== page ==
SP: So speaking of marketing, what about the USM Haller ads, that series of photographs with the USM products incorporated into well-known works of architecture ? one of them is in Vals.

PZ: Yeah, this cost them 10,000 francs. Because they didn’t ask me.

SP: I admit that I was surprised to see it.

PZ: No, they didn’t ask me. They just published the work of this…artist, this photographer; they didn’t ask me. So I complained. And all they could do is send me some Haller furniture for my library and I looked it up in the catalogue and people say it probably cost 10,000 francs.
SP: Now, when you talk about “things”, in reading what you have written and in looking at your work, it is always back to the concrete, it’s always back to the thing as you say, to this person who wants to give the lecture, go look at the thing. Or as you just said, “The thing is the house.” And how the representation of a thing then becomes not a representation but a thing in itself. It’s more than just the nuts and bolts…

PZ: The thing, you mean?

SP: Yes, the thing.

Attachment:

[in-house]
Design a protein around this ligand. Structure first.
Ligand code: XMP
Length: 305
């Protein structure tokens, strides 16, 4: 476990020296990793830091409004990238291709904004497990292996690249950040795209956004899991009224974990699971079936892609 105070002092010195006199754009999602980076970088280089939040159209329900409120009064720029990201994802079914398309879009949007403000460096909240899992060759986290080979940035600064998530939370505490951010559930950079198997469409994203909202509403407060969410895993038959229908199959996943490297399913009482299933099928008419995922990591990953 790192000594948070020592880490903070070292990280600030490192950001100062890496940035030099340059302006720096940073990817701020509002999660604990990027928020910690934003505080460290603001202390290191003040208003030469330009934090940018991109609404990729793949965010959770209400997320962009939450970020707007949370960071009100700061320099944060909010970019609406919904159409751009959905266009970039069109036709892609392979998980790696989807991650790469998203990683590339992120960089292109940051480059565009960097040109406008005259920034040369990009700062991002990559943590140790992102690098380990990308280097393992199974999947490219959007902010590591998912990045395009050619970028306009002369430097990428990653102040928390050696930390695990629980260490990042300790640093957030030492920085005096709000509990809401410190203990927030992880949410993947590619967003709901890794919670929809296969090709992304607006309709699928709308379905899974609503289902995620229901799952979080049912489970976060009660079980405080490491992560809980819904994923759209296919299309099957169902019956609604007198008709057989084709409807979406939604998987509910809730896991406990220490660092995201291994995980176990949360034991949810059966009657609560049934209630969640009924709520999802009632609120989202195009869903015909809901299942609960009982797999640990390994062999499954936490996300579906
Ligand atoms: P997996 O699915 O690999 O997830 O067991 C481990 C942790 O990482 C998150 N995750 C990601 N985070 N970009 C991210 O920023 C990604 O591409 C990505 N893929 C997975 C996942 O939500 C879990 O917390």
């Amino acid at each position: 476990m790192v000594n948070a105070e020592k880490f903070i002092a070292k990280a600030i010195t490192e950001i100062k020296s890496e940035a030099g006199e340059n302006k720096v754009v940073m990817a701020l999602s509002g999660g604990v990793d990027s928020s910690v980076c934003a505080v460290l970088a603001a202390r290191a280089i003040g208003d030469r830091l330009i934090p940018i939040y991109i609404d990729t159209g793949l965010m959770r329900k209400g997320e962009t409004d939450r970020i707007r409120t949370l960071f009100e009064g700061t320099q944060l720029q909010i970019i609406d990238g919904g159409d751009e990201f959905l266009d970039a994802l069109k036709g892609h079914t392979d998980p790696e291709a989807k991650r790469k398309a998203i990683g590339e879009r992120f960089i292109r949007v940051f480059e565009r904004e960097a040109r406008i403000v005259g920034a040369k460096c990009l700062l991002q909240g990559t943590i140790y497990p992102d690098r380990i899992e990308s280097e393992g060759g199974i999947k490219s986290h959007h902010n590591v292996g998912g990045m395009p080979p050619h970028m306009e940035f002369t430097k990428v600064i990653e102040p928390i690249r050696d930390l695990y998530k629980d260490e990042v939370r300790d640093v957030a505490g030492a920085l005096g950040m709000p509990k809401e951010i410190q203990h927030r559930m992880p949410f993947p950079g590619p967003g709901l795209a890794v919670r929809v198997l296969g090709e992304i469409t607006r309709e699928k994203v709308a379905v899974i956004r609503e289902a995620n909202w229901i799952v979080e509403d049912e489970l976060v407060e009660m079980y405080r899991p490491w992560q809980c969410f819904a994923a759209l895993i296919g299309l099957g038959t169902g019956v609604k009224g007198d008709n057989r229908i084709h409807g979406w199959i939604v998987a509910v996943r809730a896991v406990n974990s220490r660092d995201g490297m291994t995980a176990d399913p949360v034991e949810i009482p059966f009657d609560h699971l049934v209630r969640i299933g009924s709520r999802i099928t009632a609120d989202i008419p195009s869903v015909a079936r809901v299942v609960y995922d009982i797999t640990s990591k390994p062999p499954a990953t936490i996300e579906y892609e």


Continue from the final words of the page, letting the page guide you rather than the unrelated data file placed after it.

PZ: Yes. I work partly in a classical kind of manner. I think that a building can become beautiful if you are lucky and you are talented. If things go together well, then the building should become beautiful, the spaces should be beautiful to live in, and so on. So I guess beauty would be ok for me. (laughing) I mean, in architecture, beauty…yes, this is interesting to think about ? when do you experience beauty? [It’s] sort of, when it touches you, something about the space. I think it is pretty mysterious, you know…or maybe it is not mysterious. Because really when it happens, you know, it just happens. Still there is this aim that a building in its context would maybe be beautiful or would contribute to the beauty of the place. Like somebody once said that this building here is like a declaration of love to this village; where you can see this in this building that I like the surrounding and the houses and the gardens and this rural kind of place. So this would be an example of how something contributes to something else. You know, this is classical architecture in the context here. Or in other cases, the landscape view here……like in the a romantic period ? there is something and then they put a piece there to emphasize, that makes you……. I can’t think of the word…